I’m assuming it’s meant to refer to him being dismissive of his ex-girlfriend, something along the lines of “I’ll call you when I’m hard up”, but unless drawbridges were much more common in communities then which allowed them to take on euphemistic meanings widely known to the general populace at the time, the inference to any specific meaning remains something of a mystery today.

The odd title aside, the focal point of I’ll Get You When The Bridge Is Down is Conner’s supple voice and soulful delivery and rightfully so, as they leave no doubt that he was a full-fledged rocker and had it what it took to be a pretty good one at that.

Though his tone and delivery both sound like familiar benchmarks for early rock we actually haven’t seen TOO many examples of them in this way to date, maybe Mr. Google-Eyes sort of fits the same description, but these attributes are about to become more prevalent as we get into the Fifties. It’s a youthful loose-limbed sound, a little ragged around the edges and carried as much by bouncy enthusiasm as anything, yet still maintaining solid technical skills even if they’re mostly de-emphasized in the vocal arrangement.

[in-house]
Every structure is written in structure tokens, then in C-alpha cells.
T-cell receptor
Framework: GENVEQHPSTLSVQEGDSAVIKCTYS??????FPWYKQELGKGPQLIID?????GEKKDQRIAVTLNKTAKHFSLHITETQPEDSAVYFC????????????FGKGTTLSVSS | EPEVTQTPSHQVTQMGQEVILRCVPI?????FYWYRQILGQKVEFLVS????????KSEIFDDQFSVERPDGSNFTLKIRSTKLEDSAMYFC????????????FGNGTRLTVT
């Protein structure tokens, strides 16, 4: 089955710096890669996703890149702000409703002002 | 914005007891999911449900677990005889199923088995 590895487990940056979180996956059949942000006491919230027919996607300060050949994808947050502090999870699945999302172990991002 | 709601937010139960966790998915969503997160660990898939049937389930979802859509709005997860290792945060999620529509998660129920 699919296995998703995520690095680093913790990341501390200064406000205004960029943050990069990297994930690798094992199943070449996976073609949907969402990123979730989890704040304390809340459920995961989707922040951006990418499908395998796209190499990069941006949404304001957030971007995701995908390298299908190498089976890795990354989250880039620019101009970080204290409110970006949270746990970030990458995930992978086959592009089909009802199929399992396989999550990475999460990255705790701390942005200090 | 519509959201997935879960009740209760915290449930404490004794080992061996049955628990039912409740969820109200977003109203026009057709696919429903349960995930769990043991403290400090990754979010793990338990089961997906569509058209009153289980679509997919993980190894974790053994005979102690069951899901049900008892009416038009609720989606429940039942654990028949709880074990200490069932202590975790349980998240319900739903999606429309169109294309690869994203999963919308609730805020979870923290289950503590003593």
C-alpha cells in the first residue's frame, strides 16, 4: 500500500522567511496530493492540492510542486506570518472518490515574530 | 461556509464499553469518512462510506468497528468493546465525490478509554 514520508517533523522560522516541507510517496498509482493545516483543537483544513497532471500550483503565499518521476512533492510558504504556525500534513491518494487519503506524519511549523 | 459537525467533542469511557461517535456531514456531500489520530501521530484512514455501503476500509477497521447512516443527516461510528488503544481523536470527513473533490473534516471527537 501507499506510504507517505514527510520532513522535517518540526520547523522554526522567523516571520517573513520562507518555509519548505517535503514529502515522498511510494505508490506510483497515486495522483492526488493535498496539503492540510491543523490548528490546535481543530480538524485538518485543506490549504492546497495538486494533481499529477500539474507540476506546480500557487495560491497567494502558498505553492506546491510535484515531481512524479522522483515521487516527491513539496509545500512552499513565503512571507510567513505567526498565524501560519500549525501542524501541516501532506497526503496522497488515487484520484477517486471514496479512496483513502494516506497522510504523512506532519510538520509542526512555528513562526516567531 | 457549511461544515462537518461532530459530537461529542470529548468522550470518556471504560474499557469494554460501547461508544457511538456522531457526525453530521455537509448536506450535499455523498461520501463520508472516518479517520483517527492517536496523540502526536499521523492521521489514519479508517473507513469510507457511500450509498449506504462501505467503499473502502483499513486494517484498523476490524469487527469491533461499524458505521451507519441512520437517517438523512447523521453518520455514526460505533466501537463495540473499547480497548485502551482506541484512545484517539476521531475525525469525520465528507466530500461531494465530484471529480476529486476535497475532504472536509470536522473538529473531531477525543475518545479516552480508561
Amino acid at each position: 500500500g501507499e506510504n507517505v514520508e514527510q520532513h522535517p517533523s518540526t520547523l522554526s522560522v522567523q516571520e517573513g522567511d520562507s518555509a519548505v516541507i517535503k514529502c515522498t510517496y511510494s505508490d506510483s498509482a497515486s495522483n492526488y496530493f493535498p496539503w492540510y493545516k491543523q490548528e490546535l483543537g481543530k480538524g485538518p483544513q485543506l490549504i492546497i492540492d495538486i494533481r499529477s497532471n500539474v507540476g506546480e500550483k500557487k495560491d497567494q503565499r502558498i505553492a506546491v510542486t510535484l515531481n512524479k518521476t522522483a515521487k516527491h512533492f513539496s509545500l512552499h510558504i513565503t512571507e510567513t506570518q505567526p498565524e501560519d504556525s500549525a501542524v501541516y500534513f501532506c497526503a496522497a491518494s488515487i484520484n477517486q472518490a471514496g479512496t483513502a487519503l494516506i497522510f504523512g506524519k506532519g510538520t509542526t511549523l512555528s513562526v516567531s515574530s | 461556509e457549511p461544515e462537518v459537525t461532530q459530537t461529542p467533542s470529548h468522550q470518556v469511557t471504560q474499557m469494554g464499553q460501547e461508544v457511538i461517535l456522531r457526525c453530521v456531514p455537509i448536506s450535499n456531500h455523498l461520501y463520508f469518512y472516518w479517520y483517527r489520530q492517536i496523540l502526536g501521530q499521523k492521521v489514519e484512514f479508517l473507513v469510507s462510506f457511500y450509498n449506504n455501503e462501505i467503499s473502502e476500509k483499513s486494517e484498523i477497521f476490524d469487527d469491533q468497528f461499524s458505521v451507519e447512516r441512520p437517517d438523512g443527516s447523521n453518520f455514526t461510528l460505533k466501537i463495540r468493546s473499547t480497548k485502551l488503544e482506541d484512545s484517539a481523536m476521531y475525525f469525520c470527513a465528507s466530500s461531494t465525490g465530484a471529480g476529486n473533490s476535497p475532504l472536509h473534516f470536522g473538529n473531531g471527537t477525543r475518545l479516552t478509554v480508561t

There’s plenty here to study however for in a somewhat uncommon tactic Conner’s voice swells on the verses rather than the choruses which gives the song a rather interesting progression to follow. It’s a lot like flooring the gas pedal when the light turns green and jumping off the line but then easing off once you’re at cruising speed. Though that’s not the ideal way to handle a car maybe it’s certainly turns heads on the sidewalk and in much the same manner it allows Conner to make a memorable impression here as well.